With the one stroke of orchestrating the 9/11 attacks in New York, Osama bin Laden and al-Qaida forever changed the way we experience air travel — precipitating the introduction of technology and layers of security at airports that hitherto did not exist. Now a new wave of terrorist fighters, inspired by the success of the Islamic State (ISIS) in Syria and Iraq, are threatening to alter our experience of iconic cities. After the attacks in Paris and Sydney this year, gunmen attacked the National Bardo Museum in Tunis, known to be frequented by tourists, killing 19 people including five Japanese, four Italians and two French nationals.
As with most terrorist attacks, this incident is freighted with both local and international portents. The new government in Tunisia has been battling Islamists for a while and the latter have decided to hurt the regime economically by targeting tourists. Militants typically stage such dramatic attacks to elicit a hardline State response in order to polarise populations and attract recruits. It is not clear if ISIS is behind the attack but Tunisia has been a major source of fighters for ISIS. (ISIS claimed responsibility for the attack, according to a news break after this article went to press)
Around 2,400 of its nationals were fighting in Syria alone last year, according to the country’s interior minister. Tunisia is likely to see a long-drawn tussle with radical Islamists but other nations will be alarmed at the tactics of deliberately targeting foreigners, a measure used with devastating effect during the 26/11 Mumbai attacks in 2008 by the Lashar-e-Taiba. These strategies could spread further afield, as the attacks in Paris and Sydney show. They need not be explicitly led by ISIS, which is now essentially a brand that international fighters want to identify with. Like al-Qaida at the height of its notoriety in the mid noughties, ISIS does not exercise centralised control; it merely provides the inspiration and the tactical template for groups of misguided and disaffected youth in various contexts to attack the West, which they perceive to be anti-Islamic.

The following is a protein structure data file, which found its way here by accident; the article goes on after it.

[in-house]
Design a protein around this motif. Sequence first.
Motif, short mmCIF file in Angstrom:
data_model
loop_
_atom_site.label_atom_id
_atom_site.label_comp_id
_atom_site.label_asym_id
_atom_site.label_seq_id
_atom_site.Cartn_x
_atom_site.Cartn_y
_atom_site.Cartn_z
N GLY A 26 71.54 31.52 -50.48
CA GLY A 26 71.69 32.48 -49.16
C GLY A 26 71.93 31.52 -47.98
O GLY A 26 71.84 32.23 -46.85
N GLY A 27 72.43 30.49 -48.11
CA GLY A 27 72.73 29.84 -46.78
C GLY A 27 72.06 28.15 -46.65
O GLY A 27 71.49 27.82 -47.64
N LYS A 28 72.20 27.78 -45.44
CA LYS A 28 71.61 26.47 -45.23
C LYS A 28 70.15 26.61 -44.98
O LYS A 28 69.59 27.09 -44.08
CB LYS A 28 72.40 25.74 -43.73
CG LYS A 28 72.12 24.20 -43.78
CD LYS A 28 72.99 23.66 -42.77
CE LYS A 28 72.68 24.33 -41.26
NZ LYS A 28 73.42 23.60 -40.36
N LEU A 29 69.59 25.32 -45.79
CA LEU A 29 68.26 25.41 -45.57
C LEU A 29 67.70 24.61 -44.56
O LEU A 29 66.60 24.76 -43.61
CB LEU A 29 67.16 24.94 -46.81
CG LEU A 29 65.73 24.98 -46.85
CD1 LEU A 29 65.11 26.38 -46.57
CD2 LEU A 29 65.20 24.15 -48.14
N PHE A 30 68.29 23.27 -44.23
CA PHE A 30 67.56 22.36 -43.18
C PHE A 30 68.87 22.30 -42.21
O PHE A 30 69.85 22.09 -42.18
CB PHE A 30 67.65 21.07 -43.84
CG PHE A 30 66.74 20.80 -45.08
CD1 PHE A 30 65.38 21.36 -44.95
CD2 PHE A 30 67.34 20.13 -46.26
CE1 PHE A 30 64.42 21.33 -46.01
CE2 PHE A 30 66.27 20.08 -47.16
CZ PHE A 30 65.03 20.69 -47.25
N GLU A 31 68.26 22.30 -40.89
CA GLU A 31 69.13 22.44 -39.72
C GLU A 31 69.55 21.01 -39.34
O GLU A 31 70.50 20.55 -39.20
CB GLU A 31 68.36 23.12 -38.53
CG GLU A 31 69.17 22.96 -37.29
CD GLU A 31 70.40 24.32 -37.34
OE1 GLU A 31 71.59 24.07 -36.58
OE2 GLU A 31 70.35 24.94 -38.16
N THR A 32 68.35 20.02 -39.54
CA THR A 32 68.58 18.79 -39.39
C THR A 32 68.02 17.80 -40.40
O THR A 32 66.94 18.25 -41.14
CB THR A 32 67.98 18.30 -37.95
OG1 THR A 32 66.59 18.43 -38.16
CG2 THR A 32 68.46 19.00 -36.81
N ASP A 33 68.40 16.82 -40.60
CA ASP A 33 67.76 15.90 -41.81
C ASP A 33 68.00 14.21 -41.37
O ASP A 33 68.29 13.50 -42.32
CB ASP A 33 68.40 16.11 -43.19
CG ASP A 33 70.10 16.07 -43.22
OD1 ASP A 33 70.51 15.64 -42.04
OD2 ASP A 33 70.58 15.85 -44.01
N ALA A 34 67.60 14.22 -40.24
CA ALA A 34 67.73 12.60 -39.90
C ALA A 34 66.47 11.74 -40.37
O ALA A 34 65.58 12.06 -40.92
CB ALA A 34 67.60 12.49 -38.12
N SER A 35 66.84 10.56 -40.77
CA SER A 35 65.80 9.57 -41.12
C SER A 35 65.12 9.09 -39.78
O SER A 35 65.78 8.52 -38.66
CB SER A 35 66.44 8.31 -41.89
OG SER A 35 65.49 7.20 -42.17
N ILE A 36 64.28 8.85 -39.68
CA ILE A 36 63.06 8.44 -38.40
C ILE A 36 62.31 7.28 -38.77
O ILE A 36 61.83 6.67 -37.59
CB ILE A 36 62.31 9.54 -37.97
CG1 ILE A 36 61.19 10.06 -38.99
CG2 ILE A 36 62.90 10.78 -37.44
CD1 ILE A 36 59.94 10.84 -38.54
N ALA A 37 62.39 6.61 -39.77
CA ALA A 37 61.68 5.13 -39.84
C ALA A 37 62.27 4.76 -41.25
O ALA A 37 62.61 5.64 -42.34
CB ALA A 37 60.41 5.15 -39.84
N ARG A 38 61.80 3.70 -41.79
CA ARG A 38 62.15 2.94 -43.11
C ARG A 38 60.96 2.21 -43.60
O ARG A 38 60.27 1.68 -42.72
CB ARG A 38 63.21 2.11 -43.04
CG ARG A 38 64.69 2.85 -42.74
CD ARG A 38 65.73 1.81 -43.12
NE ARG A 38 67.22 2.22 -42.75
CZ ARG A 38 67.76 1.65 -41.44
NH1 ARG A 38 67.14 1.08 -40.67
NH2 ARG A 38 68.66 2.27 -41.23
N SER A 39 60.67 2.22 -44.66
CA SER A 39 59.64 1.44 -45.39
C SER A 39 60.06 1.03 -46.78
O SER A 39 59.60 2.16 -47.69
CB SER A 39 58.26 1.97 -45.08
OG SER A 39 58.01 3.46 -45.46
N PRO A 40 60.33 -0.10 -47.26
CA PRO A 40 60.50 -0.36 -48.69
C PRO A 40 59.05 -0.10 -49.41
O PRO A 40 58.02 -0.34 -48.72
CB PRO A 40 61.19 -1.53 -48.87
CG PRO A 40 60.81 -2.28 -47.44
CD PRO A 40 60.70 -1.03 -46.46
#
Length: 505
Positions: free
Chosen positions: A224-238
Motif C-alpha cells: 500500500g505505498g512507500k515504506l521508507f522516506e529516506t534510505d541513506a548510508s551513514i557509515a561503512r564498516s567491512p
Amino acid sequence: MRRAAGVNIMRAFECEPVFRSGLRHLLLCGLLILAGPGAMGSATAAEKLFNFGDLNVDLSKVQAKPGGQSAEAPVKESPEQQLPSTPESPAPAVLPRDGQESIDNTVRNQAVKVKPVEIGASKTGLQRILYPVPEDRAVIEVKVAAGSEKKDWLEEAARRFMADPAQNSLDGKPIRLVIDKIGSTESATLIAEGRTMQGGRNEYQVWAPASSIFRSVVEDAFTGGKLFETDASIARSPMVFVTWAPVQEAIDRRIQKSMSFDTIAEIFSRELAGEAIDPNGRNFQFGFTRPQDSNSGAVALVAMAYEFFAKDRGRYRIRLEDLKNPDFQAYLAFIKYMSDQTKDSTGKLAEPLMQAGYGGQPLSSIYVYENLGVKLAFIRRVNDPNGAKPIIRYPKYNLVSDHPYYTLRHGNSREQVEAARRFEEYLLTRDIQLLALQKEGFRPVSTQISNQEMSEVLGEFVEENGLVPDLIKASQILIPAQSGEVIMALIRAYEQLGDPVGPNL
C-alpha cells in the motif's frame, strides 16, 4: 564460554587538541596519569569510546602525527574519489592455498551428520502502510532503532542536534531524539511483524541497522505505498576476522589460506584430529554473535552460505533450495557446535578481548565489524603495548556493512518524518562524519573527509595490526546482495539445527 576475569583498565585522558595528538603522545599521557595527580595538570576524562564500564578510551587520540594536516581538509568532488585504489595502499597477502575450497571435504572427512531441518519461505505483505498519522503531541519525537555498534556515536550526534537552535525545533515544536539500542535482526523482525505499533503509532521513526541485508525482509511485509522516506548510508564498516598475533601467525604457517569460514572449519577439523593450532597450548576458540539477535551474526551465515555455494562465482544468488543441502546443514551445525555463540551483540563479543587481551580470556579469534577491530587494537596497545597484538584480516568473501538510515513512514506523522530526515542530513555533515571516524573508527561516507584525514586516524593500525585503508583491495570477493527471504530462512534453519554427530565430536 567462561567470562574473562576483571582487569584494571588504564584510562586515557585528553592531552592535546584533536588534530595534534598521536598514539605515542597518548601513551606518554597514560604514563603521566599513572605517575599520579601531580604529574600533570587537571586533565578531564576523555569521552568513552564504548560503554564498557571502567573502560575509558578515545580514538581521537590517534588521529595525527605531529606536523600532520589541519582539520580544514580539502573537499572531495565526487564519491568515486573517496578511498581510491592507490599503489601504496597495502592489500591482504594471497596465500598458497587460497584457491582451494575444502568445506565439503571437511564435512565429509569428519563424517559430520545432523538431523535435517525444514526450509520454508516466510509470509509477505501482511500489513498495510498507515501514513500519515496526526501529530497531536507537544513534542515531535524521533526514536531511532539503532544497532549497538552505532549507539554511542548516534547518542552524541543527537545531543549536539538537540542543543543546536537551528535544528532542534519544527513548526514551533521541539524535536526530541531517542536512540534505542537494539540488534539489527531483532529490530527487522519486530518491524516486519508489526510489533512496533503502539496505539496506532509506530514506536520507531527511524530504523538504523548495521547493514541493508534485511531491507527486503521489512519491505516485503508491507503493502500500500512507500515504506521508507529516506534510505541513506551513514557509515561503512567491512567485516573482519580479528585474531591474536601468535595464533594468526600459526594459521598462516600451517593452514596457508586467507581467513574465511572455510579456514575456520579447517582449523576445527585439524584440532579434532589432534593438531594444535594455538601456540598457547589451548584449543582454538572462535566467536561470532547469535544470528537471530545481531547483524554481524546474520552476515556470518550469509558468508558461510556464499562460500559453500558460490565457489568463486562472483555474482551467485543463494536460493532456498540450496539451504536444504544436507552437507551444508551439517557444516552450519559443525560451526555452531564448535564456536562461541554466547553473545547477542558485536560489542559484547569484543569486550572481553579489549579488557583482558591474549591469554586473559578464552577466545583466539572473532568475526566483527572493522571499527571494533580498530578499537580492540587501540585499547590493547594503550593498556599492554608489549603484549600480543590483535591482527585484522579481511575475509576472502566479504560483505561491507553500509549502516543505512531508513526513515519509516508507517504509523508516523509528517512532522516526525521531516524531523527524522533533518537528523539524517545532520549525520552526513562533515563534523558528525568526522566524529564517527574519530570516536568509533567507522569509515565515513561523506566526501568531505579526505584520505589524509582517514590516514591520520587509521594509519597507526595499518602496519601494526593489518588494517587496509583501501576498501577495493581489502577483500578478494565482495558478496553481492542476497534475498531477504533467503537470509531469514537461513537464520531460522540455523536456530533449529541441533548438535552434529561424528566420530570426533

What confounds observers is the very elective character of terrorist recruitment. Anthropologists suggest that fighters are prompted by a deep alienation from the society they live in, a subsequent consolidation of religious identity, the camaraderie that peers and social media provide and a rare accidental moment of reckoning that translates into violent purpose. It is, no wonder, a phenomenon that is nearly impossible to predict.